Linen Press or Cupboard
CONSTRUCTION: A characteristic construction detail is the single heavy glue block, thinned at the center, traversing each side of the case from front to rear and providing massive support for the case. Similarly heavy are Gheen’s drawer frames, which have thick sides with slightly rounded top edges.
STYLE: Characteristic of Gheen’s style is the rather vertical pitch of the cornice cove, the broad case stiles surrounding the doors, the fluted case chamfers, the narrow bevels of the raised panels, and the heavy ogee feet with unusually long and heavy responds.
MAKER: This cupboard and approximately thirty other pieces, including desks, desks and bookcases, chests, chests of drawers, and tables, are attributed to the shop of James Gheen and his family members by virtue of a 1794 bill of sale found in one of the desks-and-bookcases. Made out to the Rev. Samuel McCorkle, the long-time pastor of Thyatira Presbyterian Church in western Rowan County, the statement listed cash, hinges, and lumber McCorkle had supplied to Gheen.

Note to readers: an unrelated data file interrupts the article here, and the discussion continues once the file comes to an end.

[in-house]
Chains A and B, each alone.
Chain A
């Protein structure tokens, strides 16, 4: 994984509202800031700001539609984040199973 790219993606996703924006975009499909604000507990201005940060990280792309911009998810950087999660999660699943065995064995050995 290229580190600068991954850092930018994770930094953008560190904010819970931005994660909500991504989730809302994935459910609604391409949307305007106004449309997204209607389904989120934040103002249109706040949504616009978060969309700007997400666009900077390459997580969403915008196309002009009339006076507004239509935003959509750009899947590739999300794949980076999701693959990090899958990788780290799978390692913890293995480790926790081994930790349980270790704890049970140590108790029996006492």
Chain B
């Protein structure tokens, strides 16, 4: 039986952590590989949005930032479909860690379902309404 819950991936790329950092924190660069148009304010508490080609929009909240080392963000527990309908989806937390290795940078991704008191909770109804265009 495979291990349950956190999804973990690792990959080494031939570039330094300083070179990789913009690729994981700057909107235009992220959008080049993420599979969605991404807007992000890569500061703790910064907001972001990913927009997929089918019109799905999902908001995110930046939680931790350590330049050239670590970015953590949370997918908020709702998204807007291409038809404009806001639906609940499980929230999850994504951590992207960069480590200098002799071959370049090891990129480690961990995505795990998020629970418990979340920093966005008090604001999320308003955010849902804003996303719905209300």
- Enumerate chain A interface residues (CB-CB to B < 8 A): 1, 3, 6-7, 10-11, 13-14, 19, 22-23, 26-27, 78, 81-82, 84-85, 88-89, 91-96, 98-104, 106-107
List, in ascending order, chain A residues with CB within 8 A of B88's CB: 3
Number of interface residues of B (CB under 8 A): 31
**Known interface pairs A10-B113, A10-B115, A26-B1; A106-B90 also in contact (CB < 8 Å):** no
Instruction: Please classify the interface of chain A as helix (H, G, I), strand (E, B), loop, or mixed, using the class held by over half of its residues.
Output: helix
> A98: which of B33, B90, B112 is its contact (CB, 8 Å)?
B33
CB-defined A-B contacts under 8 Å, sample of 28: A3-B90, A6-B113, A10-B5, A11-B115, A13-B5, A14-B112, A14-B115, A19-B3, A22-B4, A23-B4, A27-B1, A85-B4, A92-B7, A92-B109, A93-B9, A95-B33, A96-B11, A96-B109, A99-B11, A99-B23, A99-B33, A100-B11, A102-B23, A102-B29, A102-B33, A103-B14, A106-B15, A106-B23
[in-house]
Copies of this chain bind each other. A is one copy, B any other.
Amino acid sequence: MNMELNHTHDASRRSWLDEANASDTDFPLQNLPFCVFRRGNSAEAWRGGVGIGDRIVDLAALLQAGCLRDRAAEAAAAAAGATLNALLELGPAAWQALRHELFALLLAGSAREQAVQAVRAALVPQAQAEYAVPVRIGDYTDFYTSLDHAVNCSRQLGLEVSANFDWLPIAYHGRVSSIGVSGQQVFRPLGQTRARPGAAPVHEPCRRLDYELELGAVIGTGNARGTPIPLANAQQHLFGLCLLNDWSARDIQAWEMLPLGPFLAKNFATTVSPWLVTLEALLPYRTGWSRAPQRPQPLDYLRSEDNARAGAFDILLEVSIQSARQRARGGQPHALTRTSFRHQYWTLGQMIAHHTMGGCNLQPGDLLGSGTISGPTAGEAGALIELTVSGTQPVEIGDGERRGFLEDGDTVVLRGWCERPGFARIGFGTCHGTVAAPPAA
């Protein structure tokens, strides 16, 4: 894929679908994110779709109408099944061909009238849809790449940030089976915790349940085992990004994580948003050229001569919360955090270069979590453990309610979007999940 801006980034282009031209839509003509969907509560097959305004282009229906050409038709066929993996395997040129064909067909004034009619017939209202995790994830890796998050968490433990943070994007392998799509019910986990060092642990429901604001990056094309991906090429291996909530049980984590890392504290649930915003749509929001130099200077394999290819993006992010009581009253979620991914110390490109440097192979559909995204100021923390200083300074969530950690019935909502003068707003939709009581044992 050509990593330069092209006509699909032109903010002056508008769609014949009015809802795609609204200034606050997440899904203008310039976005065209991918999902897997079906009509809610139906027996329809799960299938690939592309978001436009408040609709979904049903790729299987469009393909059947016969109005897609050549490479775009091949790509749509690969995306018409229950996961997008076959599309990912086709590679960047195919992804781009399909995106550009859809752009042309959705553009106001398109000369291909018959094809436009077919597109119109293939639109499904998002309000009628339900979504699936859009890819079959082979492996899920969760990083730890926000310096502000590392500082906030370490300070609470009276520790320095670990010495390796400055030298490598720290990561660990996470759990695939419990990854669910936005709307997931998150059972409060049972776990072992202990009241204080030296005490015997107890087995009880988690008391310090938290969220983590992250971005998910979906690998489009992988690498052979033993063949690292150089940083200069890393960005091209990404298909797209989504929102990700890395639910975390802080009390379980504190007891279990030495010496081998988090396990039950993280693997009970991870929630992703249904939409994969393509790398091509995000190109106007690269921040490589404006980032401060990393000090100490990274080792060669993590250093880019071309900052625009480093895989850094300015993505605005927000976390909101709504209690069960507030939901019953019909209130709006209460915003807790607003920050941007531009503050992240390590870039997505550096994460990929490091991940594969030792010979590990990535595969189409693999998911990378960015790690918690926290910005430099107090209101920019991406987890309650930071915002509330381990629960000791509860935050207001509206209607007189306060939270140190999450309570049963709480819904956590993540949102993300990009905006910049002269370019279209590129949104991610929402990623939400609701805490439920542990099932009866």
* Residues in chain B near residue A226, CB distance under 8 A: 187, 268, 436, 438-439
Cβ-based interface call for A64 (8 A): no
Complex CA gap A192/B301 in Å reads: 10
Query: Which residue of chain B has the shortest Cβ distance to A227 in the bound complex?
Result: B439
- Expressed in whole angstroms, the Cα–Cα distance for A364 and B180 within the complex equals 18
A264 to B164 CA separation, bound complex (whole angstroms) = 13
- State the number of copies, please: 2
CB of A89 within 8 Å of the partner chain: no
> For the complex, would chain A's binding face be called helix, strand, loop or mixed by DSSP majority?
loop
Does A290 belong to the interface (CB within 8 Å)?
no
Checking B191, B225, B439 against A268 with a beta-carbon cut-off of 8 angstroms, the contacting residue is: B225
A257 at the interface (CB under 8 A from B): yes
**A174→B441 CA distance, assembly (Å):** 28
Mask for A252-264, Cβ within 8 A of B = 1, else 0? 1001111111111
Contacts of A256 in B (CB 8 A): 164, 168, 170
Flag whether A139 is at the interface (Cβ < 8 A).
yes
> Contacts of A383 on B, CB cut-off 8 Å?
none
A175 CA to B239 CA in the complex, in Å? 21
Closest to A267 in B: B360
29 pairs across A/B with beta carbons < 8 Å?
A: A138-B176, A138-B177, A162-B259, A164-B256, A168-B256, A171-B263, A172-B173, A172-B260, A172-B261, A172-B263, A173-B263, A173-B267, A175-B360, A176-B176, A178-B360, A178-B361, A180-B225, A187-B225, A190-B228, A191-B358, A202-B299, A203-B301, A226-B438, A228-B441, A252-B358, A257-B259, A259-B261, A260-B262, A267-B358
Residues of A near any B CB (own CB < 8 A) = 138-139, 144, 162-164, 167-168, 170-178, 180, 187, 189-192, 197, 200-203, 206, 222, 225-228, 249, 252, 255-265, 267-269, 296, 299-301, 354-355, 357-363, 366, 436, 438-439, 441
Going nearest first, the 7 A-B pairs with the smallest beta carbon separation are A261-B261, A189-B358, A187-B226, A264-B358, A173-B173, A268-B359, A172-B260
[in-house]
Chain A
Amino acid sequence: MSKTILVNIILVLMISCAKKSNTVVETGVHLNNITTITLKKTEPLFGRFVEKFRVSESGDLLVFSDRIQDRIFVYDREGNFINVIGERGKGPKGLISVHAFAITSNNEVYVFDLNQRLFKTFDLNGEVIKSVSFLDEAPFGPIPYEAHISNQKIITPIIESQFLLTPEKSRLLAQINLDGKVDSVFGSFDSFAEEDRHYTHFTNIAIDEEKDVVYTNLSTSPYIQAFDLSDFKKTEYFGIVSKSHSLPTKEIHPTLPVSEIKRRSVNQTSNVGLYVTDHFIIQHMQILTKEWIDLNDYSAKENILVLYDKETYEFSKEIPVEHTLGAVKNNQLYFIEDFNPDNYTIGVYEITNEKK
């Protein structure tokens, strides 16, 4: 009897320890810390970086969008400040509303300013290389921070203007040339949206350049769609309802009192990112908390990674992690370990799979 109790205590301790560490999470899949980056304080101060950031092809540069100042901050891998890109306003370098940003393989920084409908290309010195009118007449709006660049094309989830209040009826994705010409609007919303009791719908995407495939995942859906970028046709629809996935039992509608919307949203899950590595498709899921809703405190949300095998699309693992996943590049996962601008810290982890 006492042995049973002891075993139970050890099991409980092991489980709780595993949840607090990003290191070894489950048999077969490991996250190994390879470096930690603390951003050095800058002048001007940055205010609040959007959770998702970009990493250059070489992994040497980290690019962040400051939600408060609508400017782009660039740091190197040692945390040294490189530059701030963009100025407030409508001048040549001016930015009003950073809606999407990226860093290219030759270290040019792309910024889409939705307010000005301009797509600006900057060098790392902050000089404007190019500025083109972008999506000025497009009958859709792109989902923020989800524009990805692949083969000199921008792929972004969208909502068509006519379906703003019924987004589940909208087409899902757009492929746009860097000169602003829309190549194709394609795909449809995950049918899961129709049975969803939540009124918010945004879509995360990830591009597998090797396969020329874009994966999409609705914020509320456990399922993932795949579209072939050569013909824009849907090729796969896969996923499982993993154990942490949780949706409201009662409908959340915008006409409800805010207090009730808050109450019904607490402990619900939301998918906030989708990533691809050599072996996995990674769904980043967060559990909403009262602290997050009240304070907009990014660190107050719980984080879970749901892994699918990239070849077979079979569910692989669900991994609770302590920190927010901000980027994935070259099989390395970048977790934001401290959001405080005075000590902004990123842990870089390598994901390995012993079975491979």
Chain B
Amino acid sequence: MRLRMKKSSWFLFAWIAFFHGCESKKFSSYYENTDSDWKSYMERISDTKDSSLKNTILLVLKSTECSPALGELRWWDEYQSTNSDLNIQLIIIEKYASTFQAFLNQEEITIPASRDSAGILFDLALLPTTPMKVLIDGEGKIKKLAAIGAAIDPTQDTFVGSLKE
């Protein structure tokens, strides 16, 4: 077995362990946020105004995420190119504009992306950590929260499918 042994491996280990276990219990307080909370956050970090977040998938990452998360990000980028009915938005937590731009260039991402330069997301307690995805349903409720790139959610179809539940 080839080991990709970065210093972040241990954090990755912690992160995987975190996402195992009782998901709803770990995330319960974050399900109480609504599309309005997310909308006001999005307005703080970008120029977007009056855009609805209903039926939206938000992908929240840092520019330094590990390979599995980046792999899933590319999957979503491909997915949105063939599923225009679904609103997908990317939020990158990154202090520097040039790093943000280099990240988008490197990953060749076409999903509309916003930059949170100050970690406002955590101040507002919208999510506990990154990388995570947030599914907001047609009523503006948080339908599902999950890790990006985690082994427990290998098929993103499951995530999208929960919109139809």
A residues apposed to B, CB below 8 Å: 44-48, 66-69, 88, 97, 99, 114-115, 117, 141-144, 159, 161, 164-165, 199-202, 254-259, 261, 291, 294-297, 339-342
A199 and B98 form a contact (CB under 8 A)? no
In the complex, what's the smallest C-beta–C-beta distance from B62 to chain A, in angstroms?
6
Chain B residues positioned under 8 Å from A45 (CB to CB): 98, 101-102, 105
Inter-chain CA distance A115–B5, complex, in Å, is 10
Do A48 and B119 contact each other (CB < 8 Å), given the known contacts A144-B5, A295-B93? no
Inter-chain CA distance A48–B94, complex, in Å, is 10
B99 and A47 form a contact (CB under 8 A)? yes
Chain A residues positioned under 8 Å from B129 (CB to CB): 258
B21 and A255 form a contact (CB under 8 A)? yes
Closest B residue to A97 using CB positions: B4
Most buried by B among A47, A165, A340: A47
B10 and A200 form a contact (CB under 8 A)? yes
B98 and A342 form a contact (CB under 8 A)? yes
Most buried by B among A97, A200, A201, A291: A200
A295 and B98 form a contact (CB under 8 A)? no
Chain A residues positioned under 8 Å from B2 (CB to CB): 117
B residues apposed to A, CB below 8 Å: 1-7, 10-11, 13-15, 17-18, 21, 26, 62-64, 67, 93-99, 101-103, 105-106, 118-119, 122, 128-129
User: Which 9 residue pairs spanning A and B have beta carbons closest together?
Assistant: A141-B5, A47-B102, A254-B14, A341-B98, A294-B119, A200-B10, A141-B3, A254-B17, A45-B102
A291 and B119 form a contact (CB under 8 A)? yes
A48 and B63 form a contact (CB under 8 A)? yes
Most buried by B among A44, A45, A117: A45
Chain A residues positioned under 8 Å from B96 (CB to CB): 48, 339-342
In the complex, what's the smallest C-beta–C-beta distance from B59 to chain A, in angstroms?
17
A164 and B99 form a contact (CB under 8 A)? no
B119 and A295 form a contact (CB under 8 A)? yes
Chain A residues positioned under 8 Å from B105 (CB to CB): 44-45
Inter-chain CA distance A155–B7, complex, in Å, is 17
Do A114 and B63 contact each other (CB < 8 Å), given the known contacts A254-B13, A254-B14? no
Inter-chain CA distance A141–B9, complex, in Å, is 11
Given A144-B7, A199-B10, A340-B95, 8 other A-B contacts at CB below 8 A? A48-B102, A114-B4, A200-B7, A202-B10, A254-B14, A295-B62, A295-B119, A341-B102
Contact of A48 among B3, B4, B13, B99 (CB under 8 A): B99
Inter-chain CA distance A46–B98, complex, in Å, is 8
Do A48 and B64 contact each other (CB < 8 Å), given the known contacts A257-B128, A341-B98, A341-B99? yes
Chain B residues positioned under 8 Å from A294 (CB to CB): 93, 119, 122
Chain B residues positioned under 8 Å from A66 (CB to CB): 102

Based on the age of his wife, Elizabeth Gheen (1745-1832), James Gheen was born probably between 1740 and 1745, most likely in Chester County, PA. Gheen is first recorded in Rowan County, NC, in 1778, when he witnessed a deed there. In 1780 he purchased 270 acres on the north side of the Yadkin River, probably near Second Creek. In 1787 he took an apprentice “to learn the art of a shop joiner.” In 1791 he purchased 3 pewter plates from the estate of Elizabeth Steele, the mother-in-law of Dr. McCorkle, the Presbyterian minister for whom he made the 1794 documented desk and bookcase. In 1792 he purchased 500 acres on Second Creek. Based on the names of people James Gheen had business dealings with and the names of his children’s spouses, he appears to have been involved mainly with the Scotch-Irish Presbyterian community in western Rowan County. However, he may also have made furniture for the German community, whose members especially populated the southern part of Rowan County. Gheen made his will on April 26, 1796, leaving his youngest son, Joseph, his shop and all of his shop tools. James Gheen’s grandsons Levi and Warren were also in the woodworking business in the 1820s and 1830s. Thus, at least four Gheens–James, his son Joseph, and two grandsons, Levi and Warren–were involved in the woodworking trade in Rowan County.